Selecting a Capitalization Rate Rate reflects investment risk If property is risky investment, investors: require a greater return choose a higher capitalization rate A higher capitalization rate translates into a lower value for the property. In other words, investors would be willing to pay less for the property. © 2011 Rockwell Publishing
Selecting a Capitalization Rate Selection methods Appraisers have various methods for selecting appropriate capitalization rate. Example: Direct comparison method Appraiser analyzes recent sales of comparable income properties to determine their capitalization rates. Investors likely to want about the same capitalization rate for subject property. © 2011 Rockwell Publishing
Income Approach to Value 5. Capitalizing net income Final step is to capitalize subject propertys annual net income to arrive at estimate of value. In other words, divide net income by chosen capitalization rate to calculate value estimate. Income ÷ Rate = Value © 2011 Rockwell Publishing
Income Approach to Value Gross income multiplier method Gross income multiplier method: Simplified version of income approach for appraising single-family home used as rental property. Also called gross rent multiplier method. © 2011 Rockwell Publishing
Gross Income Multiplier Method Comparable rental homes Appraiser locates comparables: rental homes similar to subject property that sold recently. For each comparable, appraiser calculates a gross income multiplier. Divides comparables sales price by its rental income. May use either monthly or annual rent (appraisers choice). © 2011 Rockwell Publishing
Gross Income Multiplier Method Using gross income multipliers Next, appraiser uses gross income multipliers of comparables to choose multiplier for subject property. Finally, appraiser multiplies chosen gross income multiplier by subject propertys rent to find its value. If possible, appraiser should use subjects economic rent. © 2011 Rockwell Publishing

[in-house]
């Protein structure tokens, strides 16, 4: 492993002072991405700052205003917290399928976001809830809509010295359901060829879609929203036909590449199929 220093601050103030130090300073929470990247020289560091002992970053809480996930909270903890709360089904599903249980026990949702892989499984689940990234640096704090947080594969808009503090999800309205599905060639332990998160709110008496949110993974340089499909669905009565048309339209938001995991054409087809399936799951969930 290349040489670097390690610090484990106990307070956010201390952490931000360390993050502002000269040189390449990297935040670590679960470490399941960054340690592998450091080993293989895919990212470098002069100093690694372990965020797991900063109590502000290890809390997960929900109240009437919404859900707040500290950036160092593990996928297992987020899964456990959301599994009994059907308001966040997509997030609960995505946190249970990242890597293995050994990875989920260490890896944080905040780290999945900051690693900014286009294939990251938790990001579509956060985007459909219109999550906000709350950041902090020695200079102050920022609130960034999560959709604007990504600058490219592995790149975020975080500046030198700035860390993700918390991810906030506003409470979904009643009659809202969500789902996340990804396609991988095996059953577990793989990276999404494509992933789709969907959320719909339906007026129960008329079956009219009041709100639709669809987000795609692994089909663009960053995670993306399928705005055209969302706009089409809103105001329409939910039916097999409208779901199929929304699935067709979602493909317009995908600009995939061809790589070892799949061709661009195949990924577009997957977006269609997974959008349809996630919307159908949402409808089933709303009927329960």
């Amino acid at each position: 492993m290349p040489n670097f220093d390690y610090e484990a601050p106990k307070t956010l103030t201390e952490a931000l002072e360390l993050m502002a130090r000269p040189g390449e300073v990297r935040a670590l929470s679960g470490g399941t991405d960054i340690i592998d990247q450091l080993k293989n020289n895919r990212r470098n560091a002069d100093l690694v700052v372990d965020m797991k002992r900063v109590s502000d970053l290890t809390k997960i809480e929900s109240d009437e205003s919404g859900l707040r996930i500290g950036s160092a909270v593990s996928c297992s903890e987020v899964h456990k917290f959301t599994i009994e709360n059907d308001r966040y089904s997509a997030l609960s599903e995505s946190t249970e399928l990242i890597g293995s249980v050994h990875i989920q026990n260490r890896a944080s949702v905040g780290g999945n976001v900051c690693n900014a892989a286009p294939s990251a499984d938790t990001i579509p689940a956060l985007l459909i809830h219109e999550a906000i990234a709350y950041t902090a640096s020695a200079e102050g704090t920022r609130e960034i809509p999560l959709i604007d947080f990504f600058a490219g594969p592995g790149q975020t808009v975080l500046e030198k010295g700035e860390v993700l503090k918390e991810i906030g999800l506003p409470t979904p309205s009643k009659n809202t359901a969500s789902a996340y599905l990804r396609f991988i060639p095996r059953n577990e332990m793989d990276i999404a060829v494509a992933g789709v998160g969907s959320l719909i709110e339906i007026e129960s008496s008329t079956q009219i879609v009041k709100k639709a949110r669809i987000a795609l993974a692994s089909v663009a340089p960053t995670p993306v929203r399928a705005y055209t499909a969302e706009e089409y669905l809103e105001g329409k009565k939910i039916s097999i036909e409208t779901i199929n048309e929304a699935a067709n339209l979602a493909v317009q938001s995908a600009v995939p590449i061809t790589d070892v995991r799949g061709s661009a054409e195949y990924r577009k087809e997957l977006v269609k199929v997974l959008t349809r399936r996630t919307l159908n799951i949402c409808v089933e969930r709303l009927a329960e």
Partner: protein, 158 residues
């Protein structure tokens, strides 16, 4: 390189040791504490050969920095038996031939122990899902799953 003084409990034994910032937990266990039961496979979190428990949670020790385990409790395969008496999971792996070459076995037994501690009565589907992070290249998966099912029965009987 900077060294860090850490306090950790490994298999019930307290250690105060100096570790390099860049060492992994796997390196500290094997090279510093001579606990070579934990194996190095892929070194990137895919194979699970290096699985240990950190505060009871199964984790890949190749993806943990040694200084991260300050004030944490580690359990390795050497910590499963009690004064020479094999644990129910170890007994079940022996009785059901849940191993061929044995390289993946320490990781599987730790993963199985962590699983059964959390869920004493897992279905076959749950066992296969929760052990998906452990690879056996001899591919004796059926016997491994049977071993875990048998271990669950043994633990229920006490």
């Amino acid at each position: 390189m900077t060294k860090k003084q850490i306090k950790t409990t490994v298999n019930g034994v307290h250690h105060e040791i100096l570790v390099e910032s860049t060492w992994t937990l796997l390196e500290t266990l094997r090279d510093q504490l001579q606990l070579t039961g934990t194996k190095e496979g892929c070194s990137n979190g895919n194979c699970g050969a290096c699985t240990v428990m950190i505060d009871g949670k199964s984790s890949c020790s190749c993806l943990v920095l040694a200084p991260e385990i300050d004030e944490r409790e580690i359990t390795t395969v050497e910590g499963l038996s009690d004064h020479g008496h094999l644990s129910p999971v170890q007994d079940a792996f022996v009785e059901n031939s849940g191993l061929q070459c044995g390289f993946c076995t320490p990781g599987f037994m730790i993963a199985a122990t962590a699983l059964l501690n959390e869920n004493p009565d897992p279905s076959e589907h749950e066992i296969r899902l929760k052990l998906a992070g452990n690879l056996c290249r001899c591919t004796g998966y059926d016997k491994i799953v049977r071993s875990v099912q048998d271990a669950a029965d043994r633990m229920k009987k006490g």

Gross Income Multiplier Method Rough estimate Gross income multiplier method provides only rough estimate of value. Based on gross income. Doesnt take into account operating expenses or vacancies. © 2011 Rockwell Publishing
Reconciliation and Final Estimate Reconciliation: Last step in appraisal process, when appraiser assembles and interprets all relevant data. Reconciles value indicators from the different methods of appraisal applied. Gives greatest weight to most relevant method for type of property. Experience and judgment play critical role. © 2011 Rockwell Publishing
Reconciliation and Final Estimate Final estimate of value: Figure that best represents appraisers expert opinion of subject propertys value. Appraiser presents final estimate of value to client in appraisal report. © 2011 Rockwell Publishing
Reconciliation and Final Estimate Appraisal report Form report: Uniform Residential Appraisal Report form, used for most residential appraisals. Presents only key data and conclusions. Narrative report: For a more complicated appraisal, report includes detailed presentation of data and reasoning. © 2011 Rockwell Publishing
Summary Income Approach and Reconciliation Income approach Potential gross income Effective gross income Net income Operating expenses Capitalization rate Gross income multiplier method Reconciliation Final estimate of value Appraisal report © 2011 Rockwell Publishing